When you see a tube of oil paint labeled “flake white” or “ Cremnitz white,” what pigment does it contain? What most artists material manufacturers called “flake white” is a mixture of basic lead carbonate and zinc oxide ground in linseed oil. “Cremnitz white” from these companies, on the other hand, is basic lead carbonate ground in linseed oil.
The term “flake white” takes its name from the scales or flakes of basic lead carbonate that appear on corroded lead in the stack process or old Dutch method. The modern electrolytic process does not result in flakes of basic lead carbonate, but rather the pigment occurs as a fine sediment at the bottom of the process tank.
The name “Cremnitz white” is derived from a small town in lower Austria, Krems, now called Krems an der Donau (the name was mistakenly associated with the city of Kremnitz in Hungary). It was deemed to be superior to any other lead white during the 19th century, and perhaps is the reason why artists’ materials manufacturers chose this name to designate their finest lead white in oil paint.
[FONT=tahoma]Rublev Colours Lead White[/FONT]
Rublev Colours Lead White is basic lead carbonate ground in linseed oil without additives (this is different from fillers or extender pigments), which all other manufacturers use in their oil colors. Hence, Rublev Colours Lead White is similar to Cremnitz white from other companies, with the major exception that Rublev Colours Lead White does not contain any additives. Additives are used in modern oil paint to help prevent the pigment and oil from separating during storage and as an aid in grinding the paint. Because Rublev Colours Lead White is made with basic lead carbonate made according to modern practice, we chose to name it as “lead white,” so as not to confuse artists with lead whites that we will be introducing made using the stack process lead white and Krems white lead to be named Flake White and Krems White, respectively.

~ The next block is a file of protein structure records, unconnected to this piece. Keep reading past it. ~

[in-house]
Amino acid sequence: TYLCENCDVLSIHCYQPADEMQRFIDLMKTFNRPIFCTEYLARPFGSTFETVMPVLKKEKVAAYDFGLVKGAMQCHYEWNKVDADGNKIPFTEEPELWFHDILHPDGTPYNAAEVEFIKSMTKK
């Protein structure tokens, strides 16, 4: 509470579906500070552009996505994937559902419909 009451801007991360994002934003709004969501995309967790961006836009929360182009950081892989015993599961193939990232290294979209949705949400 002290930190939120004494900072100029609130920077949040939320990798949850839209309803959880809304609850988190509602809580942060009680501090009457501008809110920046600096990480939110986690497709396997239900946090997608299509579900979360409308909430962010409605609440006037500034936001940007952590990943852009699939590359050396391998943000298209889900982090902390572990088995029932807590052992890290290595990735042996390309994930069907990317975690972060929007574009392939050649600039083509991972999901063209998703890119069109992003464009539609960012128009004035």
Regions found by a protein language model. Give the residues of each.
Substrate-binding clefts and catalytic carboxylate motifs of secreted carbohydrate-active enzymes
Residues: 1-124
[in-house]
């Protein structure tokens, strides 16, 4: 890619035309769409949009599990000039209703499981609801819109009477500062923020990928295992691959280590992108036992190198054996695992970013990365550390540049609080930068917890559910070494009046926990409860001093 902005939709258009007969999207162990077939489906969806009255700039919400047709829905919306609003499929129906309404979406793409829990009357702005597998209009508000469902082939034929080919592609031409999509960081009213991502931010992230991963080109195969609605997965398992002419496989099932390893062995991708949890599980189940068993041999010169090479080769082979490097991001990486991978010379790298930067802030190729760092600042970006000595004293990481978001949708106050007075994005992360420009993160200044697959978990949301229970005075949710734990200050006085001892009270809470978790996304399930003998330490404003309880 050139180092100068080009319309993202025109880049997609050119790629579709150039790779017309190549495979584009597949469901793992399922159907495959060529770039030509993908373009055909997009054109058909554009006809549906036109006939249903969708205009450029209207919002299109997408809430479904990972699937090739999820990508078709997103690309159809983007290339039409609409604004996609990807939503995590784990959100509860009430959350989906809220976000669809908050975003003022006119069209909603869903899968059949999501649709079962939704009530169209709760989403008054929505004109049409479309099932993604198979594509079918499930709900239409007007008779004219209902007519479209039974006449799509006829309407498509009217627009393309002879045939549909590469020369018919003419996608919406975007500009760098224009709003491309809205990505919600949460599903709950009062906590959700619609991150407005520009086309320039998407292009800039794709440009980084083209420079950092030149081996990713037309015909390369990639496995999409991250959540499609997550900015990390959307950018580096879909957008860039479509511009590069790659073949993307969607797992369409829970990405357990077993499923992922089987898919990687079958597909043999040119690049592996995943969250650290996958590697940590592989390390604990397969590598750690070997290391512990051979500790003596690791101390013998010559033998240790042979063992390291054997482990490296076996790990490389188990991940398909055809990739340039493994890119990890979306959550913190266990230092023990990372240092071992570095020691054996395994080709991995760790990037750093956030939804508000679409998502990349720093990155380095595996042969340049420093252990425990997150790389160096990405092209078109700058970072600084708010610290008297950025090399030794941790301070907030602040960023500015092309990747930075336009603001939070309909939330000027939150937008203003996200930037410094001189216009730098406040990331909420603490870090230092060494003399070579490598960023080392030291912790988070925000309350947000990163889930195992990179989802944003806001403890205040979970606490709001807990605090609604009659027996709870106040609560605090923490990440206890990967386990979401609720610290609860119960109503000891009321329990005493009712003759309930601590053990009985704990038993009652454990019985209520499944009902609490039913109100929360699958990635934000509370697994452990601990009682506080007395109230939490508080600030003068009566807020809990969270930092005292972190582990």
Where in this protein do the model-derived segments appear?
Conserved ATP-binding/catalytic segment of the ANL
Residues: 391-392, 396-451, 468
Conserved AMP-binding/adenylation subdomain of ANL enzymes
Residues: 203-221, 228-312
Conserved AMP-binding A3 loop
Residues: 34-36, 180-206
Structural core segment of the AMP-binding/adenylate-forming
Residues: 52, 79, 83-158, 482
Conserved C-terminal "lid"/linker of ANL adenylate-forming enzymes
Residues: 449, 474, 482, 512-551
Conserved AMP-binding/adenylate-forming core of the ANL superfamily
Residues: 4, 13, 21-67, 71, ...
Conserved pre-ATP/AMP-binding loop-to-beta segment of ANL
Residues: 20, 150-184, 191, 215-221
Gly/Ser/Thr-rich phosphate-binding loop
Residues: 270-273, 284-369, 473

Additives used by all other manufacturers include beeswax, hydrogenated castor oil, aluminum stearate or magnesium stearate. These ingredients amount from one to two percent of the pigment weight in the formula. Although this is a comparatively small amount, additives change the behavior of the pigment in oil, because they increase the viscosity of the paint, giving it a buttery, short consistency.
Rublev Colours Artists Oils are traditional oil paints, because they are made according to historical methods, such as those in the 19th century, when modern additives were not used in artists paint. Rublev Colours use traditional pigments, so you will not find pigments invented after the rise of modern industry, such as cadmiums, pthalos, quinacridones, etc., in our colors.
1. Gettens, Rutherford J.; Kuhn, Hermann; Chase, W.T.; “Identification of the materials of paintings. 3, Lead white,”
Studies in Conservation, Volume 12, 1967, p. 125.
2. Wall, William E., “The Necessity of White Lead in the Painting Business,” National Painters Magazine, Volume 49, Schnell Pub. Co., 1922, p. 46.